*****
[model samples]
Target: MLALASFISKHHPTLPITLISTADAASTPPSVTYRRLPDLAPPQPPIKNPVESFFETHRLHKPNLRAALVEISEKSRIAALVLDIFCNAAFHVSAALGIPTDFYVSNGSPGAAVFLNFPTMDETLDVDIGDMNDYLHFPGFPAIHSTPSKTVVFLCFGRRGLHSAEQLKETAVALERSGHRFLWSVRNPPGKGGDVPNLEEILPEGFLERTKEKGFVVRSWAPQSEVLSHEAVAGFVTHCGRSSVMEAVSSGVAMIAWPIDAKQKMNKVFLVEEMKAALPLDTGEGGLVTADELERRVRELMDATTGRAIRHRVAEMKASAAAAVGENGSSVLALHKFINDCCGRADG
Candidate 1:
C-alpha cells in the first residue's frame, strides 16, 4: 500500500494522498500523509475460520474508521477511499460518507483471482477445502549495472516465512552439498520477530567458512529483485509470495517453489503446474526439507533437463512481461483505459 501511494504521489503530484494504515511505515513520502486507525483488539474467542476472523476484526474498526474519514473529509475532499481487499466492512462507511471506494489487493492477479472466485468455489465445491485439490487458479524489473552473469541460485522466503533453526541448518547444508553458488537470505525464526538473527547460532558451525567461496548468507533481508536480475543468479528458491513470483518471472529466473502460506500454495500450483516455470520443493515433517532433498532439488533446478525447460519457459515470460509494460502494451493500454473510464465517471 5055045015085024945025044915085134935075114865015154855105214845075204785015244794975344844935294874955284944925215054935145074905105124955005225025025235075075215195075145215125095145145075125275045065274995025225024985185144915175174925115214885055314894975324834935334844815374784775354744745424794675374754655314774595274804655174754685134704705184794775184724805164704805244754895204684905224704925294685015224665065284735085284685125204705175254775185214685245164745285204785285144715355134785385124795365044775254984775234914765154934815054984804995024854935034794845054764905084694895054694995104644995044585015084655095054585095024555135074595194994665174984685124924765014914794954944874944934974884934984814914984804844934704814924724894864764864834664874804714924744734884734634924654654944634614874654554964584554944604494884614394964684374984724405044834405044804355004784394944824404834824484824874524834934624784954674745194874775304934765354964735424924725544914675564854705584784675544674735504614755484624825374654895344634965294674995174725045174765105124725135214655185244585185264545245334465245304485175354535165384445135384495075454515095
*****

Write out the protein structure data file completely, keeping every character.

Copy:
[model samples]
Target: MLALASFISKHHPTLPITLISTADAASTPPSVTYRRLPDLAPPQPPIKNPVESFFETHRLHKPNLRAALVEISEKSRIAALVLDIFCNAAFHVSAALGIPTDFYVSNGSPGAAVFLNFPTMDETLDVDIGDMNDYLHFPGFPAIHSTPSKTVVFLCFGRRGLHSAEQLKETAVALERSGHRFLWSVRNPPGKGGDVPNLEEILPEGFLERTKEKGFVVRSWAPQSEVLSHEAVAGFVTHCGRSSVMEAVSSGVAMIAWPIDAKQKMNKVFLVEEMKAALPLDTGEGGLVTADELERRVRELMDATTGRAIRHRVAEMKASAAAAVGENGSSVLALHKFINDCCGRADG
Candidate 1:
C-alpha cells in the first residue's frame, strides 16, 4: 500500500494522498500523509475460520474508521477511499460518507483471482477445502549495472516465512552439498520477530567458512529483485509470495517453489503446474526439507533437463512481461483505459 501511494504521489503530484494504515511505515513520502486507525483488539474467542476472523476484526474498526474519514473529509475532499481487499466492512462507511471506494489487493492477479472466485468455489465445491485439490487458479524489473552473469541460485522466503533453526541448518547444508553458488537470505525464526538473527547460532558451525567461496548468507533481508536480475543468479528458491513470483518471472529466473502460506500454495500450483516455470520443493515433517532433498532439488533446478525447460519457459515470460509494460502494451493500454473510464465517471 5055045015085024945025044915085134935075114865015154855105214845075204785015244794975344844935294874955284944925215054935145074905105124955005225025025235075075215195075145215125095145145075125275045065274995025225024985185144915175174925115214885055314894975324834935334844815374784775354744745424794675374754655314774595274804655174754685134704705184794775184724805164704805244754895204684905224704925294685015224665065284735085284685125204705175254775185214685245164745285204785285144715355134785385124795365044775254984775234914765154934815054984804995024854935034794845054764905084694895054694995104644995044585015084655095054585095024555135074595194994665174984685124924765014914794954944874944934974884934984814914984804844934704814924724894864764864834664874804714924744734884734634924654654944634614874654554964584554944604494884614394964684374984724405044834405044804355004784394944824404834824484824874524834934624784954674745194874775304934765354964735424924725544914675564854705584784675544674735504614755484624825374654895344634965294674995174725045174765105124725135214655185244585185264545245334465245304485175354535165384445135384495075454515095